page 1 page 2
page 3
page 4
page 5
page 6
page 7
< prev - next > Water and sanitation Sanitation Compost toilets 29 4 13 (Printable PDF)
Low-cost eco-sanitation solutions
Many types of compost toilets are available today. They
are designed to suit a variety of customs, cultures and
climates, and vary enormously in price. Composting of
human faeces is as old as the hills - it is Nature’s way of
safely reintegrating human waste with the soil. All
compost toilets, however simple or complex, are devices
for helping Nature achieve this. Contrary to popular
opinion compost toilets can be very clean and hygienic
and do not smell. They save huge quantities of water in
a world where water is becoming an increasingly
precious resource. For example, a family with a water
flush toilet would use at least 100,000 litres of water a
year for flushing. They protect surface and ground water
from sewage pollution and, unlike water flush toilets,
compost toilets do not produce sewage and do not
This technical brief looks at low-cost compost toilets
that are effective in areas where other types of toilet
may not be suitable such as water-logged areas. They do
not require electricity or great investment. Built using
local materials, it is a self-contained unit that produces
good compost and protects the soil and water from any
Figure 1: Rabi Lal Gurung outside
his newly constructed toilet in
The selection of the most appropriate type and design of Thimura, Nepal. Photo: Anna de la Vega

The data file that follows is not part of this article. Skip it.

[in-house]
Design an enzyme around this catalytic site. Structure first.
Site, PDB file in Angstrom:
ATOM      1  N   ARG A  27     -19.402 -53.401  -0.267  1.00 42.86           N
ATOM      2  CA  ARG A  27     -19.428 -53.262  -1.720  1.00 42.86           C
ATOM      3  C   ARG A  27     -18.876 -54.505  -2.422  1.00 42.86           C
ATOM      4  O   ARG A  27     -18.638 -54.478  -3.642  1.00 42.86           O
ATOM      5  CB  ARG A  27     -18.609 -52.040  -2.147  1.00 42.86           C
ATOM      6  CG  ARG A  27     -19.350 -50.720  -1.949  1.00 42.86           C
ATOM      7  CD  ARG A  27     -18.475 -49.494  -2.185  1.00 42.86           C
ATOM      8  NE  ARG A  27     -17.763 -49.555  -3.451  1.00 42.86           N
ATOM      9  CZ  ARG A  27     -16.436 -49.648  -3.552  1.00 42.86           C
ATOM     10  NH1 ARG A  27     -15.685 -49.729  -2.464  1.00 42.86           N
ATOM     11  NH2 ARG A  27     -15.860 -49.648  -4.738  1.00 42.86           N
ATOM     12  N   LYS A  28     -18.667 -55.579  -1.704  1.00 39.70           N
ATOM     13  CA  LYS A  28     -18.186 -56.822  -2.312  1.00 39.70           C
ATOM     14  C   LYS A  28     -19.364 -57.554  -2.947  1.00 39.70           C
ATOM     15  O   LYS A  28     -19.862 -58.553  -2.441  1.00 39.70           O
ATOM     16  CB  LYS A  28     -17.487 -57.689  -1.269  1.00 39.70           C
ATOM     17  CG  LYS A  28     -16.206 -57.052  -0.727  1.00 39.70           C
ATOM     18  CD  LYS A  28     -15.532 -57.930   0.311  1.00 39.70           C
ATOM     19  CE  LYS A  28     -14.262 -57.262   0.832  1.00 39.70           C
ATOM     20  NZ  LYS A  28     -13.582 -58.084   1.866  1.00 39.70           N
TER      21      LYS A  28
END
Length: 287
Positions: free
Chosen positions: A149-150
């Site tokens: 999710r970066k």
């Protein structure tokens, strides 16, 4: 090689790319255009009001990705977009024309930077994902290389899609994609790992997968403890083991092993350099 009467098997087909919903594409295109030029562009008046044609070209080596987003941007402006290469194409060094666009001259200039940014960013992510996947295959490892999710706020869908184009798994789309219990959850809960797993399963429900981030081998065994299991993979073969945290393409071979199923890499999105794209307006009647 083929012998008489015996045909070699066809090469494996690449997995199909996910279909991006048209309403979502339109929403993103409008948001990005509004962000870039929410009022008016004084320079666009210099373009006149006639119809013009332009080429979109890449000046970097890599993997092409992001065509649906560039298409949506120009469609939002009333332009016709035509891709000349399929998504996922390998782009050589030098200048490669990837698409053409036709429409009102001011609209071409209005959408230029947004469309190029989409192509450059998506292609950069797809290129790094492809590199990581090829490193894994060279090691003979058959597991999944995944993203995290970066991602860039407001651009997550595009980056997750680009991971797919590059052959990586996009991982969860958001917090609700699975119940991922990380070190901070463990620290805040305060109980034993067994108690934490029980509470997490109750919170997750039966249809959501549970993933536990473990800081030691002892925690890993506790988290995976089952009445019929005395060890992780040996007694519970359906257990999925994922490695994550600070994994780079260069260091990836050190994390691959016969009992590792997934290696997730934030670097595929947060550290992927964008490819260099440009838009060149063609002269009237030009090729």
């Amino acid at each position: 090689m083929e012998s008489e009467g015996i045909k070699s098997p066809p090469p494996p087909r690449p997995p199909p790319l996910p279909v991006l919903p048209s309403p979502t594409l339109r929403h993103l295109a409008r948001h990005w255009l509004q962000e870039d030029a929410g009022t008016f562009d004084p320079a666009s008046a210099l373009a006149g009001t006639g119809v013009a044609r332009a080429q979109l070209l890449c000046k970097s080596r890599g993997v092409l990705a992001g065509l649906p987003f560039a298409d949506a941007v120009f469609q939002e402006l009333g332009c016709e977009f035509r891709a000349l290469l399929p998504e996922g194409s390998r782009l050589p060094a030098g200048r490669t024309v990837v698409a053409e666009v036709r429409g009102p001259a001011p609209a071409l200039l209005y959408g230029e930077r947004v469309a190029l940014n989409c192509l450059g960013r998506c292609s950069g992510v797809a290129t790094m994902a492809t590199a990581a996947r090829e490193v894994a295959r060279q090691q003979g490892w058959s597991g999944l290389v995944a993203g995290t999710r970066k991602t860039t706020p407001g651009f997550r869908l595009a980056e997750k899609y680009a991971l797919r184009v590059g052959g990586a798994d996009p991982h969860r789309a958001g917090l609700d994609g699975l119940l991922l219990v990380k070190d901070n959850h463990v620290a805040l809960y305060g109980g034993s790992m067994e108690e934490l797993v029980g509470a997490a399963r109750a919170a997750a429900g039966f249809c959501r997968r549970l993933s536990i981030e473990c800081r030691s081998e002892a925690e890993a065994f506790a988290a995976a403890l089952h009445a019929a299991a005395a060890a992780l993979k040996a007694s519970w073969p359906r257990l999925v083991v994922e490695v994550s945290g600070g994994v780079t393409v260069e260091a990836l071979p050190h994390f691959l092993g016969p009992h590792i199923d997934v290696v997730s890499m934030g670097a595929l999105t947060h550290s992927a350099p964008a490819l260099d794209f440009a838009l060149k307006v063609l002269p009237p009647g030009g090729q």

compost toilet will depend on many factors which include / Practical Action.
social and cultural norms, attitude to faeces, existing
hygiene and sanitation practices, sources of drinking water, availability of organic residues,
climate, soil types, patterns of habitation and local construction materials etc. Note that, in
dry climates, desiccating or drying toilets may sometimes be more appropriate than
composting toilets because the dry ambient air can be encouraged to flow through the faeces
chamber removing any moisture, thus rendering the faeces dry and odourless.
It is important to realise that any compost toilet programme also requires an education
programme to ensure that the principals of use and maintenance are clearly understood and
accepted by the user group.
In waterlogged and high water table areas, pit latrines and septic tanks can, and often do,
contaminate well water with human faeces. This is a common occurrence in coastal areas with
high population densities. In such places where open defecation on the sea shore and derelict
land is the normal practice, many families want to have their own, or at least, a community
latrine. In a crowded village, the wells and latrines would be forced to lie close together. If
septic tanks, soakaways and pit latrines are used, the well water will inevitably become
Practical Action, The Schumacher Centre, Bourton on Dunsmore, Rugby, Warwickshire, CV23 9QZ, UK
T +44 (0)1926 634400 | F +44 (0)1926 634401 | E | W
Practical Action is a registered charity and company limited by guarantee.
Company Reg. No. 871954, England | Reg. Charity No.247257 | VAT No. 880 9924 76 |
Patron HRH The Prince of Wales, KG, KT, GCB